Read Your Way Around the UK

You can blame David Almond for this. I was reading one of his rich nuanced books, that sing of love and of humanity and of life, and I thought wait a minute. Wait a minute, I thought, I wonder if these books that are so richly of his North (and not in the Game of Thrones style, of his Actual North), I wonder if there’s something in that.

I wondered if it was possible to read your way around the UK? And not just any old books. Children’s books. Anything from board book up to Young Adult. Bath books, even, whatever, as long as it had a suitably county-specific identity.

Firstly, I congratulated myself for thinking it in such a Seussical manner that I had a rhyming name for the challenge. And then I thought, wait, that’s a lot of counties.

And then I thought, well, I do enjoy a challenge…. πŸ˜‰

This, therefore, is your official announcement of the DYESTTAFTSA READ YOUR WAY AROUND THE UK Challenge! The challenge itself is split into three parts; the sourcing of the titles (which will all live hereΒ in a handy spreadsheet), the actual reading of the books, and the posting of the review. I would LOVE it if people were to join in with this so please do tweet me (@chaletfan), comment or send a carrier pigeon with your recommended books and reviews.

So let’s begin, shall we? READ YOUR WAY AROUND THE UK begins today. (YAY) (HEY, HEY, HEY) (KALLOO KALLAY) (I SHOULD PROBABLY STOP RHYMING NOW).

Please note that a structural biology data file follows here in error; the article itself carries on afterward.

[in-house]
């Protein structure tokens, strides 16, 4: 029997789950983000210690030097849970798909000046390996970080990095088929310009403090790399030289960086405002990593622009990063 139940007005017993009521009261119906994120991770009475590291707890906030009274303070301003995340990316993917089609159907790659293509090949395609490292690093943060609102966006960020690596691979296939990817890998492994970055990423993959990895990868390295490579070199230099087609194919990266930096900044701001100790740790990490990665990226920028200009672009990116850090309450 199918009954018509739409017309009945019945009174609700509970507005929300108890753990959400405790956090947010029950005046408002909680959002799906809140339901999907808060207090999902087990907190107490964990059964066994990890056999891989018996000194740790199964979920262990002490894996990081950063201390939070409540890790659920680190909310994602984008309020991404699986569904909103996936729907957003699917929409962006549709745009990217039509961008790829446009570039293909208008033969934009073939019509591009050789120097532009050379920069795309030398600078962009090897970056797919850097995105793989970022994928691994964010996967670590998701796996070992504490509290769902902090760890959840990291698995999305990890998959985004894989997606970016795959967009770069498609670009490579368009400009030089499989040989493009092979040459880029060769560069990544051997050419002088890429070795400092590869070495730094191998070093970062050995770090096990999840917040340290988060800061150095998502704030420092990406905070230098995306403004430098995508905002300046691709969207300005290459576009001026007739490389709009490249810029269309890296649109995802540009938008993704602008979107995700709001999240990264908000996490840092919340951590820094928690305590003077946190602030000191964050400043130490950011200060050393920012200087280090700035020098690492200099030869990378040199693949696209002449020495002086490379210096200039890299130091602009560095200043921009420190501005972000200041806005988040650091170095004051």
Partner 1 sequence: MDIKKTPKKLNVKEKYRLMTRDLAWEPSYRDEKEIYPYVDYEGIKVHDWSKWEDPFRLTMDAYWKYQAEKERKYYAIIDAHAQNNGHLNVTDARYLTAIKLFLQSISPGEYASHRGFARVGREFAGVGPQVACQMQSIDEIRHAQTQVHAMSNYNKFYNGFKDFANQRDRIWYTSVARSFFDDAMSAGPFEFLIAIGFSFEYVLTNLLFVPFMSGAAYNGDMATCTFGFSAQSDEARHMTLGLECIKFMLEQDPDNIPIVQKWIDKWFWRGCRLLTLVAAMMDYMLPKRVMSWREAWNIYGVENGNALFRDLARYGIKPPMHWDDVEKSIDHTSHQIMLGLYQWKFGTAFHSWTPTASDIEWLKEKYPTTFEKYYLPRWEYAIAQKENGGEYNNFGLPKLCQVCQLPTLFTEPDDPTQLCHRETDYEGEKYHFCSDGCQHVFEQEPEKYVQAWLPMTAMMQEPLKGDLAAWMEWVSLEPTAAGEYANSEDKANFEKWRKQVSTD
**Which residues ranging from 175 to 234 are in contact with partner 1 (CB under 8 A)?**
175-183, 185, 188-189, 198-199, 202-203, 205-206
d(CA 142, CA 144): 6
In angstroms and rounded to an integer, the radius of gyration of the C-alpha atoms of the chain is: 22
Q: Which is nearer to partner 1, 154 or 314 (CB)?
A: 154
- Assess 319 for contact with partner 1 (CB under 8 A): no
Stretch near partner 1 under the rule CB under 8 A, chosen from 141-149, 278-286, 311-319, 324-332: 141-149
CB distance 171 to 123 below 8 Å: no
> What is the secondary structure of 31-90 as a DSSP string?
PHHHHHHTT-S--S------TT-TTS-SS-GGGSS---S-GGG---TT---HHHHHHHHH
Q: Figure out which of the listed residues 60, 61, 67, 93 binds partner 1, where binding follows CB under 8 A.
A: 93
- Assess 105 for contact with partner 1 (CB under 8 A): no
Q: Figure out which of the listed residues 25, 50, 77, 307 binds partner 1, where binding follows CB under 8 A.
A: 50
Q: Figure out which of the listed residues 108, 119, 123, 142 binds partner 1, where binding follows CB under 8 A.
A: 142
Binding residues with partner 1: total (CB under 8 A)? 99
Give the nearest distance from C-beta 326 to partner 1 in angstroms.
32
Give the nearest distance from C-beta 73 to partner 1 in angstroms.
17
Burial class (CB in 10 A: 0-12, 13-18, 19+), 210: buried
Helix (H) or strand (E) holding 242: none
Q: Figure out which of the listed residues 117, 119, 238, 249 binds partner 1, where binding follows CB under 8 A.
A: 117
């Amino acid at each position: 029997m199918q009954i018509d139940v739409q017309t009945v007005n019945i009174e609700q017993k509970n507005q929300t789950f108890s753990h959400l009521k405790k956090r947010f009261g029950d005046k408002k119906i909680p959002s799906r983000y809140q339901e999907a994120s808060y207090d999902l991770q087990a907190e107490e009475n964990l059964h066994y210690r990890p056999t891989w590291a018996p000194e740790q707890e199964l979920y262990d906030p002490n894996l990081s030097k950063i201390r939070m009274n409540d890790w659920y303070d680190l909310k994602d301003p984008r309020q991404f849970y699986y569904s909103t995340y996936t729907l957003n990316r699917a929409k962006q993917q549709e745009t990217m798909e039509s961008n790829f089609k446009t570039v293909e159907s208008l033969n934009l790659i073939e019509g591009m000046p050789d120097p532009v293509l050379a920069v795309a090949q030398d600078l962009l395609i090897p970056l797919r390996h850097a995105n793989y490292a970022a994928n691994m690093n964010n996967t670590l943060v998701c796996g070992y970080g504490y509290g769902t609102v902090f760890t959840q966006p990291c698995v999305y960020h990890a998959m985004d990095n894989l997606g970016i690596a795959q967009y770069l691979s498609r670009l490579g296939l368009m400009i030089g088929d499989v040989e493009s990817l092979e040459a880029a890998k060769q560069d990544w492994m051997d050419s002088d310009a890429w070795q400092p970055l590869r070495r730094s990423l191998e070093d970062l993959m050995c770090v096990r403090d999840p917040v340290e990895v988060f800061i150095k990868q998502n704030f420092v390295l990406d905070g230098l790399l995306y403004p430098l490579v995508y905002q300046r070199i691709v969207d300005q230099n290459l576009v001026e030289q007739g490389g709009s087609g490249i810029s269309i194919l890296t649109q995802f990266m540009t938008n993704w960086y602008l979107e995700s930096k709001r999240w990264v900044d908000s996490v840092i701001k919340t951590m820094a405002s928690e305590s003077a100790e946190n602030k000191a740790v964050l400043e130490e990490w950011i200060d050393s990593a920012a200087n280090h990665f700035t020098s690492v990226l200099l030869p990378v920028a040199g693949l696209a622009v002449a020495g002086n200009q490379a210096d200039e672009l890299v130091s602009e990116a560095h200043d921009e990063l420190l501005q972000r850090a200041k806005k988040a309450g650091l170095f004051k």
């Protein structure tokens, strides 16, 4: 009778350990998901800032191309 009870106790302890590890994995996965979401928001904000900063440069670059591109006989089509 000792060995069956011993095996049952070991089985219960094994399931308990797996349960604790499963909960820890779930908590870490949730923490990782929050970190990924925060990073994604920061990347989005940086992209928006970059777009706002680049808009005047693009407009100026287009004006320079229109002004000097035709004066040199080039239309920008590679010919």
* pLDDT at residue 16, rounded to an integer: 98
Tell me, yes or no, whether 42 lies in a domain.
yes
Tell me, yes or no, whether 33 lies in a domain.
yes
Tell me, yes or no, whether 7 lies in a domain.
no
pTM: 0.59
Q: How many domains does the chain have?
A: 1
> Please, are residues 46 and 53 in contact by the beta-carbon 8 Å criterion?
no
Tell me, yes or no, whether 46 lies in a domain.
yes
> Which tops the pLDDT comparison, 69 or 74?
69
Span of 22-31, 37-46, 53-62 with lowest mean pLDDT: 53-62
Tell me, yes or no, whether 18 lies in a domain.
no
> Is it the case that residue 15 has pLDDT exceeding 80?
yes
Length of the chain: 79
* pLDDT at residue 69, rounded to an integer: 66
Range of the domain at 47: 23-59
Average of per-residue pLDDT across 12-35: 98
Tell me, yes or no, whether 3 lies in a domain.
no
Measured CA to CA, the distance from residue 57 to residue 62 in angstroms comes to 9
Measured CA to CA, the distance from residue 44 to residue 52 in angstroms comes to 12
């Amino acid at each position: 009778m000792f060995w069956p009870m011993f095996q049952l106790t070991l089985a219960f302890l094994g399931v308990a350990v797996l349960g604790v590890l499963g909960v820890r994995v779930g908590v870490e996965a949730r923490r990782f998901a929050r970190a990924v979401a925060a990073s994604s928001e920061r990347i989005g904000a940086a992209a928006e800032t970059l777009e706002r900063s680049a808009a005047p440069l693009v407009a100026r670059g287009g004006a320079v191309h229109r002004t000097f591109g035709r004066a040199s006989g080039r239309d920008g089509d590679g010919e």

(Also while I have your attention, may I ask ‘what are you and yours doing November 9th 2013? David Almond aka one of the greatest writers of children’s literature of our time is speaking in Birmingham atΒ this festivalΒ and you really, really ought to be there to hear him and also spend the day wallowing in children’s books with some very like-minded folk. I am going. I am very excited about it.)

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30 thoughts on “Read Your Way Around the UK

  1. Oh, how fun! Of course my UK geography is not all that great, not living there… I know cities much better than regional names…but I traveled around visiting sites I’d gotten to know from my favorite books during the couple of weeks I spent in the UK in college… we read all the Swallows and Amazons books more than once as a family, and they’re not so popular here as the UK.. Does Robin Hood count for Nottinghamshire, or is that too old-school? “The Door in the Wall” by Margeurite D’Angeli is historical, too, but must be set close to the Welsh border, as one of the characters crosses at great risk to visit his mother. I think “A String in the Harp” by Nancy Bond is also Cornwall, and “The Secret Garden” at least made the Yorkshire accent familiar for me. And I thought I remembered “The Dark is Rising” being in Kent, but there’s every possibility that I’m mistaken as it’s been a while.

  2. Philippa Pearce for Cambridgeshire! I’ve not yet read all of her books, but I think most are set here. We can claim Lucy M. Boston too.

    (PS: A String in the Harp is actually set in Wales. Excellent book, though!)

    Enjoy David Almond! He came here last spring and his talk made me tear up, it was so good.